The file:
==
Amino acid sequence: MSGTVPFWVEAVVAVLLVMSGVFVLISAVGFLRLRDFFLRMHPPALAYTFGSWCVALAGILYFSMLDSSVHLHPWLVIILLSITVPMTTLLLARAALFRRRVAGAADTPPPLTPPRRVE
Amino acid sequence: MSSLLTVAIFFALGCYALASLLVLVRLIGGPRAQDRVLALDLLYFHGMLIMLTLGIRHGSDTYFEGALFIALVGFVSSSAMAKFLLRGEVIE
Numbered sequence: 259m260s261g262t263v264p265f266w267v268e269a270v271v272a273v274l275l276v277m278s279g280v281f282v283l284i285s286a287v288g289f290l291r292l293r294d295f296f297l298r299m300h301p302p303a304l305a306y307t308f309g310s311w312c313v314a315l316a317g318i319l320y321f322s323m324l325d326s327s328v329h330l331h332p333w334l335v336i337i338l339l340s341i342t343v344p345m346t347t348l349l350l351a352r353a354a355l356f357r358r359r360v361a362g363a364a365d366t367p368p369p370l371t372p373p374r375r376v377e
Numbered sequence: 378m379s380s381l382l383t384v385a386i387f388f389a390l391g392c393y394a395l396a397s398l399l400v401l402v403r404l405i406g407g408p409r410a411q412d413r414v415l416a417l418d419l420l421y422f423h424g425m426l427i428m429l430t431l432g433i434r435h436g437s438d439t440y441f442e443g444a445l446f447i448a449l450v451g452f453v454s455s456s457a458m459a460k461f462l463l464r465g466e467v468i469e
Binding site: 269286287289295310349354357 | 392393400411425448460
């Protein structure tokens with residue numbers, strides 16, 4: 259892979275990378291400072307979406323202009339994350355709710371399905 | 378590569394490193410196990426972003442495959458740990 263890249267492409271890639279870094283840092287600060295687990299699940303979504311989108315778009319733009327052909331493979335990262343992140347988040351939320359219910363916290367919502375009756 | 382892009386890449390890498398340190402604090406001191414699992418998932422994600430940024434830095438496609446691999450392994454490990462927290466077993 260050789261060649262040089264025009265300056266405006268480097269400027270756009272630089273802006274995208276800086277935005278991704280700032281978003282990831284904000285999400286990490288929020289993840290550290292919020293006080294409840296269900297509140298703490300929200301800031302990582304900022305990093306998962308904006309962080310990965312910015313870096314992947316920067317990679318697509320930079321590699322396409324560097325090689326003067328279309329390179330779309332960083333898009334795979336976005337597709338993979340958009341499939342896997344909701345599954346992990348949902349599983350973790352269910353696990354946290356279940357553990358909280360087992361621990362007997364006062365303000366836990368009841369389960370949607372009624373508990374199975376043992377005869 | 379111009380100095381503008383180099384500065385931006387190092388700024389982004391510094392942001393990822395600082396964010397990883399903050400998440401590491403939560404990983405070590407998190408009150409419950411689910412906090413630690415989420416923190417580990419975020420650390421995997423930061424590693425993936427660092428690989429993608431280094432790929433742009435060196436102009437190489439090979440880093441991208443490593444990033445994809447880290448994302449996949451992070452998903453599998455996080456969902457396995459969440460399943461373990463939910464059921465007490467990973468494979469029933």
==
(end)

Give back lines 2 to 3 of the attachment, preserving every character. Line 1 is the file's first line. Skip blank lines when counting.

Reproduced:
Amino acid sequence: MSSLLTVAIFFALGCYALASLLVLVRLIGGPRAQDRVLALDLLYFHGMLIMLTLGIRHGSDTYFEGALFIALVGFVSSSAMAKFLLRGEVIE
Numbered sequence: 259m260s261g262t263v264p265f266w267v268e269a270v271v272a273v274l275l276v277m278s279g280v281f282v283l284i285s286a287v288g289f290l291r292l293r294d295f296f297l298r299m300h301p302p303a304l305a306y307t308f309g310s311w312c313v314a315l316a317g318i319l320y321f322s323m324l325d326s327s328v329h330l331h332p333w334l335v336i337i338l339l340s341i342t343v344p345m346t347t348l349l350l351a352r353a354a355l356f357r358r359r360v361a362g363a364a365d366t367p368p369p370l371t372p373p374r375r376v377e